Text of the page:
UPDATE: Cyclist faces tough conditions at first nationals
April 28, 2017 | Grand Junction, Colo.
This past weekend's USA Cycling Collegiate National Championships did not go according to plan for Liberty University sophomore cyclist Gabe Morgan, the Flames' third representative in their second season as a program.
Cycling in altitude ranging from 5,000 to 6,000 feet in Mesa County in Western Colorado for Saturday's road race and in a tight pack of cyclists in downtown Grand Junction, Colo., for Sunday's criterium, Morgan did not finish either race.
"It was a tough weekend," Liberty Head Coach Parker Spencer said. "Altitude got to him on Saturday and he had to get oxygen in an ambulance, so it played a bigger role than expected. And Sunday, he got caught up in a crash."
Morgan was one of 21 cyclists to pull out of the 106-mile Division 2 road race, with three others not starting and only 46 finishing, and one of nine DNFs for the 70-minute plus four-lap criterium on a 1.3-kilometer course, which had 54 finishers.
Complete results are available online.
Morgan hopes to sprint past field at nationals
Knowing when to make a break is a critical component in high-level cycling races, including this weekend's USA Cycling Collegiate National Championships in Grand Junction, Colo., where sophomore Gabe Morgan will be Liberty University's third representative in two years.
Morgan, a residential student from Richmond, Va., has been racing competitively for Kelly Benefit Strategies, a domestic professional racing team, as well as for the Flames. He and Liberty Cycling Head Coach Parker Spencer will do a run-through of the road and criterium courses today to familiarize themselves with the turns and terrain, so Morgan will know when to make his move.
"From a skill and fitness standpoint, Gabe's definitely where we he needs to be this week," Spencer said. "We have a pretty good strategy for him, but we'll see. He'll be out there by himself, with no domestic. He's got to be at the right place at the right time. It'll be a bit of a gamble throughout the race, but if he can get in a breakaway, he can make things happen."
Liberty Assistant Coach Van Phillips, who traveled with the team to all of their regular-season races, providing mechanical support and technical expertise, believes fitness will be in Morgan's favor, but he will be at a disadvantage as a solo rider.
"This kid's got a swimming background so he's got big lungs and a good VO2 max," he said of Morgan's maximal oxygen uptake, which relates to his endurance, especially at high altitudes. "He's a great all-around rider, but it will be tough because he's by himself, so he might get in a break and he might not."
At last year's USA Cycling Collegiate Nationals near Asheville, N.C., Liberty online students Jake King finished fourth among men and his now fiancée, Marie Sonnery-Cottet from France, also competed for the first-year program. Morgan should have more team support — allowing him to draft off of them and rest during the race — next year when at least three other men's cyclists are planning to move up from Category B to A to be eligible to compete at nationals.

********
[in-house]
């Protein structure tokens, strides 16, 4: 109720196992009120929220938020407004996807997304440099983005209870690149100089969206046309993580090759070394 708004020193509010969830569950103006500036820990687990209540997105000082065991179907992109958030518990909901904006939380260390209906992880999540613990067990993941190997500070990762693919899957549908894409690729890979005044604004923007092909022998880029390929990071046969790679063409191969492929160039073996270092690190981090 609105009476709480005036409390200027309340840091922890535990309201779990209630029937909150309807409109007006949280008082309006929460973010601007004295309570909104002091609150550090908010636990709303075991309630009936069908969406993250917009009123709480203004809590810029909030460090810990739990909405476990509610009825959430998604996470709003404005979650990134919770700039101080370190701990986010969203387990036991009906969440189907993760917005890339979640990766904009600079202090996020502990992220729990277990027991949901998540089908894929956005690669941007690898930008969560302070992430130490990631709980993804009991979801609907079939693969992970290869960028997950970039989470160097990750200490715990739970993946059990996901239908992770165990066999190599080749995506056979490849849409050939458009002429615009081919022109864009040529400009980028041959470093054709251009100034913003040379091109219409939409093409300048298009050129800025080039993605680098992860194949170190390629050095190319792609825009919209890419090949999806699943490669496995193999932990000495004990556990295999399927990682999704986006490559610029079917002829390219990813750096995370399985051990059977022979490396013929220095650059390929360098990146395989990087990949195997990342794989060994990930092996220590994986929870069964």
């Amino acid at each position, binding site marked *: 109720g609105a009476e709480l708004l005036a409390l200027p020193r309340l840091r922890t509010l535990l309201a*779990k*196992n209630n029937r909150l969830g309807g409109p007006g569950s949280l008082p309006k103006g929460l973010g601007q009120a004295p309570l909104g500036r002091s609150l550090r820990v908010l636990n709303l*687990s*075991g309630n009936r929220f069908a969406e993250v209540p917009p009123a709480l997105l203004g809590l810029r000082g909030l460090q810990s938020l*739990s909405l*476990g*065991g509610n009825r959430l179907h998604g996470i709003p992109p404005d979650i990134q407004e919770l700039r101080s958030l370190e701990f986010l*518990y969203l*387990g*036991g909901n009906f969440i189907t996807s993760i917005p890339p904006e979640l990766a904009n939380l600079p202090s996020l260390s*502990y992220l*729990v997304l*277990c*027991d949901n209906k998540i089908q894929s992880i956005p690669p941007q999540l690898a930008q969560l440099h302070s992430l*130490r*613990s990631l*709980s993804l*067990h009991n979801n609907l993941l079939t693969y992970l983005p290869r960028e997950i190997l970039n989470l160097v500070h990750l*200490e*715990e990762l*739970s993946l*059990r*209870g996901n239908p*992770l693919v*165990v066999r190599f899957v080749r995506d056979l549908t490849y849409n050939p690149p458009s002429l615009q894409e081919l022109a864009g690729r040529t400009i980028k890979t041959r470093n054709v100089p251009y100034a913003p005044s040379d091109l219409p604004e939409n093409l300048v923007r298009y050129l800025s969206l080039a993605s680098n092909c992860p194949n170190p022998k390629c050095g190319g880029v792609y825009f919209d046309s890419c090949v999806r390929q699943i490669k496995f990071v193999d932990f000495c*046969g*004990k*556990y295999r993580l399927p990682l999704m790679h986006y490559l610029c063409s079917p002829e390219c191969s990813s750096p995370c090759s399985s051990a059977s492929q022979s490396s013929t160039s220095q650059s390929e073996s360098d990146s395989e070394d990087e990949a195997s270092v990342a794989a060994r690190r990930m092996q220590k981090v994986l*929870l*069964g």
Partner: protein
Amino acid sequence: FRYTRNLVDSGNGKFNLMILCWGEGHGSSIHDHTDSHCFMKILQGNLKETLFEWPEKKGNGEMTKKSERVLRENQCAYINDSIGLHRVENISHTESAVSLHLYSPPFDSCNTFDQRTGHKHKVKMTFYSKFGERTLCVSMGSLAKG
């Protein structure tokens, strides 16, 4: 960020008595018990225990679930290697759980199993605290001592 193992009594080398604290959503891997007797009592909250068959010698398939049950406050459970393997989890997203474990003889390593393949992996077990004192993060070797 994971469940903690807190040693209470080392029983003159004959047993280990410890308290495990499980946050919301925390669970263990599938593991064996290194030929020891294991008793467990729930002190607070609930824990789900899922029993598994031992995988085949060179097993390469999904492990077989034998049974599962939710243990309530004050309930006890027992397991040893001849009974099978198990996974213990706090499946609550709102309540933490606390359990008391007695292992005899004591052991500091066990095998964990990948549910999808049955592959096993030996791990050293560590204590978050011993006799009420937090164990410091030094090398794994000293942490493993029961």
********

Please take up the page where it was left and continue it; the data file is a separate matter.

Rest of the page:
Temperatures were in the upper 20s in Grand Junction when Spencer and Morgan woke up on Friday. The weather will warm up to the mid-50s by the time he enters Saturday afternoon's road race and Sunday afternoon's criterium. The possibility of rain on Saturday and the elevation of over 5,000 feet — which is only slightly greater than that atop Wintergreen Mountain in nearby Nelson County, Va. — could be factors. Elevation gain and loss will be negligible, meanwhile, something Morgan might have exceled in from training in the Lynchburg area and on the Blue Ridge Parkway.
"There are tons of mountains around us, but there's surprisingly not too much climbing on the course," Spencer said.
Morgan will compete against a field of 71 cyclists in the Division 2 varsity road race and 62 cyclists in the Division 2 varsity criterium, though there will be a total of 194 competitors overall in the road race and 163 in the criterium including Division 1 club cyclists.
"We're classified as a varsity cycling team, with only 23 other schools classified that high, but we're Division 2 because we don't offer scholarships," Spencer said. "It'll definitely be the best collegiate cycling competition Gabe's ever gone up against."
Cyclists will race four laps on a 26.3-kilometer course for a 106K total (65.9 miles) with elevation ranging from approximately 5,000 to approximately 6,000 feet. Sunday's Division 2 varsity criterium will be a flat 1.3K course in downtown Grand Junction with six 90-degree turns. Cyclists will race for 70 minutes and then go for three more laps to determine their placings.